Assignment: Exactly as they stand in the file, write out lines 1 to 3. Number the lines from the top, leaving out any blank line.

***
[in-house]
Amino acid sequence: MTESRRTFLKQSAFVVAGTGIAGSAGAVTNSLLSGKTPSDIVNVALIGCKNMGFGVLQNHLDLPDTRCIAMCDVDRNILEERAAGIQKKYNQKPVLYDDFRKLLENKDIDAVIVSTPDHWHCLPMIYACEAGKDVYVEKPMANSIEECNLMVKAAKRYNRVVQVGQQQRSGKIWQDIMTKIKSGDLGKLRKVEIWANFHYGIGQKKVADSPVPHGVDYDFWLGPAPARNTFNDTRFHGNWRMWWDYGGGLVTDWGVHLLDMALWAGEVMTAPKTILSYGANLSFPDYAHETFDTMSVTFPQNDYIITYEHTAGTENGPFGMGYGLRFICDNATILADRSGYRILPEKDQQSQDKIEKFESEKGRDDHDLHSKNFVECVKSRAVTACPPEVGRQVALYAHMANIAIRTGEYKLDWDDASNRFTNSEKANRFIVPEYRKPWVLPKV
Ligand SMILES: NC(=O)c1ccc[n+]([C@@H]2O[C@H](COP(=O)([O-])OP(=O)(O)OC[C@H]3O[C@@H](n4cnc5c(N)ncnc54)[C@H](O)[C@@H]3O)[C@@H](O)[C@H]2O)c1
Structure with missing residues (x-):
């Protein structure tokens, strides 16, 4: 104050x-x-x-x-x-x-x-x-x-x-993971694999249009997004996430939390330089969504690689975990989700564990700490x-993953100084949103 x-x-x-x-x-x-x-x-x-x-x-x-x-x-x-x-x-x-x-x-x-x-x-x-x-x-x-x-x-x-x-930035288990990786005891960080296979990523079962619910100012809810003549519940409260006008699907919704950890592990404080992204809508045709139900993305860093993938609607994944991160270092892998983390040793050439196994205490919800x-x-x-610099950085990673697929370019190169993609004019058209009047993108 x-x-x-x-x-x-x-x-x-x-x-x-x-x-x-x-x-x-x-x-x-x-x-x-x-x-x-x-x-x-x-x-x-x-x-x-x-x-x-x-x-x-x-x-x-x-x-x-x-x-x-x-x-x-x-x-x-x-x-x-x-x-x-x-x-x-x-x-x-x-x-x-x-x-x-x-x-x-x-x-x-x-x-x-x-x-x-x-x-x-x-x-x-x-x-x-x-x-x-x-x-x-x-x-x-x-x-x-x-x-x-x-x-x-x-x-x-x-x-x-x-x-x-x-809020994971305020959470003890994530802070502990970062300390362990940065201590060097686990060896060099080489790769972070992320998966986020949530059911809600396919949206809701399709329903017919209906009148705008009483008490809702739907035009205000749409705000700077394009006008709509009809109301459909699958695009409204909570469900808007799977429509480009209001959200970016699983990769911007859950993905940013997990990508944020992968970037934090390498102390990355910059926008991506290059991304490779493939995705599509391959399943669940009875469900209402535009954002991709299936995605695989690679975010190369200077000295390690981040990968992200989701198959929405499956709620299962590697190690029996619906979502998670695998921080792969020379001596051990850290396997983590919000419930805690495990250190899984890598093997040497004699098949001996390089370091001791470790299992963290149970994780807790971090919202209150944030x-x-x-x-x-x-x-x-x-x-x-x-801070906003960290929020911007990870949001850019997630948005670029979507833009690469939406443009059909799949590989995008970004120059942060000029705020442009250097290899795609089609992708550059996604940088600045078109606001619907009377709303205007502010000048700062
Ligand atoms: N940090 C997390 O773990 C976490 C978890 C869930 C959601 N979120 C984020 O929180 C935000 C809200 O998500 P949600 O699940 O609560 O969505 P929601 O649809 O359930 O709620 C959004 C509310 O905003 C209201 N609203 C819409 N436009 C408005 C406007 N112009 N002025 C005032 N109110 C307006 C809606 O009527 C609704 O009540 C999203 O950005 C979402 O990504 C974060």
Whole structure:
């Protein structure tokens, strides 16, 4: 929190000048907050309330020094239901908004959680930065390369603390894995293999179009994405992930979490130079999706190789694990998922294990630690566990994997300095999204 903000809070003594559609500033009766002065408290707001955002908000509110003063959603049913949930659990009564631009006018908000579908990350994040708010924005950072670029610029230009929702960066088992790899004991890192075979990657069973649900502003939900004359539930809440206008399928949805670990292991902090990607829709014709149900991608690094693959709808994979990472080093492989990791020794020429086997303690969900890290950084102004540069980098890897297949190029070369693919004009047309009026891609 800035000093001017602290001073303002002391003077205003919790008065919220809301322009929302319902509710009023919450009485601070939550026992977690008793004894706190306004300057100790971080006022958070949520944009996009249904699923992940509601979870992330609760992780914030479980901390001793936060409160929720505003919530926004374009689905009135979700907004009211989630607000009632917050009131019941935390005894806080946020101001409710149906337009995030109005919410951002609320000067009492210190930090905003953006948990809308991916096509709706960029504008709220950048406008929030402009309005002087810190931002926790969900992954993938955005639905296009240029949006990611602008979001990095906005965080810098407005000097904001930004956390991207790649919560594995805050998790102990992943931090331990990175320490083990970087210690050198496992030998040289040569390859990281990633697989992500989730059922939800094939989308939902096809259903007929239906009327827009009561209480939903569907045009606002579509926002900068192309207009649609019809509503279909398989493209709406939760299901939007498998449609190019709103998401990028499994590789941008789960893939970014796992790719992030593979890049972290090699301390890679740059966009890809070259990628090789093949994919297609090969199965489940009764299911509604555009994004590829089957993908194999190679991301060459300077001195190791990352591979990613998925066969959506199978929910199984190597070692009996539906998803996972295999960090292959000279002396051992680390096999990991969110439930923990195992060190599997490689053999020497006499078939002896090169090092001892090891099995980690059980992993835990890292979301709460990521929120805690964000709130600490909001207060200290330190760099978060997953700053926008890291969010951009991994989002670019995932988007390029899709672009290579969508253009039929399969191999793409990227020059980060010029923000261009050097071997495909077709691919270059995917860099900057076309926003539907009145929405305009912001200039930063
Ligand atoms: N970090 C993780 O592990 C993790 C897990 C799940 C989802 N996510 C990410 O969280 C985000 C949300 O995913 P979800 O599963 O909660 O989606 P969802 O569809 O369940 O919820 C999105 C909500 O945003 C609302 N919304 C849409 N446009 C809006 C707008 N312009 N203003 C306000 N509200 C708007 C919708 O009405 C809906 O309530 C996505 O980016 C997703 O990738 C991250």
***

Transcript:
[in-house]
Amino acid sequence: MTESRRTFLKQSAFVVAGTGIAGSAGAVTNSLLSGKTPSDIVNVALIGCKNMGFGVLQNHLDLPDTRCIAMCDVDRNILEERAAGIQKKYNQKPVLYDDFRKLLENKDIDAVIVSTPDHWHCLPMIYACEAGKDVYVEKPMANSIEECNLMVKAAKRYNRVVQVGQQQRSGKIWQDIMTKIKSGDLGKLRKVEIWANFHYGIGQKKVADSPVPHGVDYDFWLGPAPARNTFNDTRFHGNWRMWWDYGGGLVTDWGVHLLDMALWAGEVMTAPKTILSYGANLSFPDYAHETFDTMSVTFPQNDYIITYEHTAGTENGPFGMGYGLRFICDNATILADRSGYRILPEKDQQSQDKIEKFESEKGRDDHDLHSKNFVECVKSRAVTACPPEVGRQVALYAHMANIAIRTGEYKLDWDDASNRFTNSEKANRFIVPEYRKPWVLPKV
Ligand SMILES: NC(=O)c1ccc[n+]([C@@H]2O[C@H](COP(=O)([O-])OP(=O)(O)OC[C@H]3O[C@@H](n4cnc5c(N)ncnc54)[C@H](O)[C@@H]3O)[C@@H](O)[C@H]2O)c1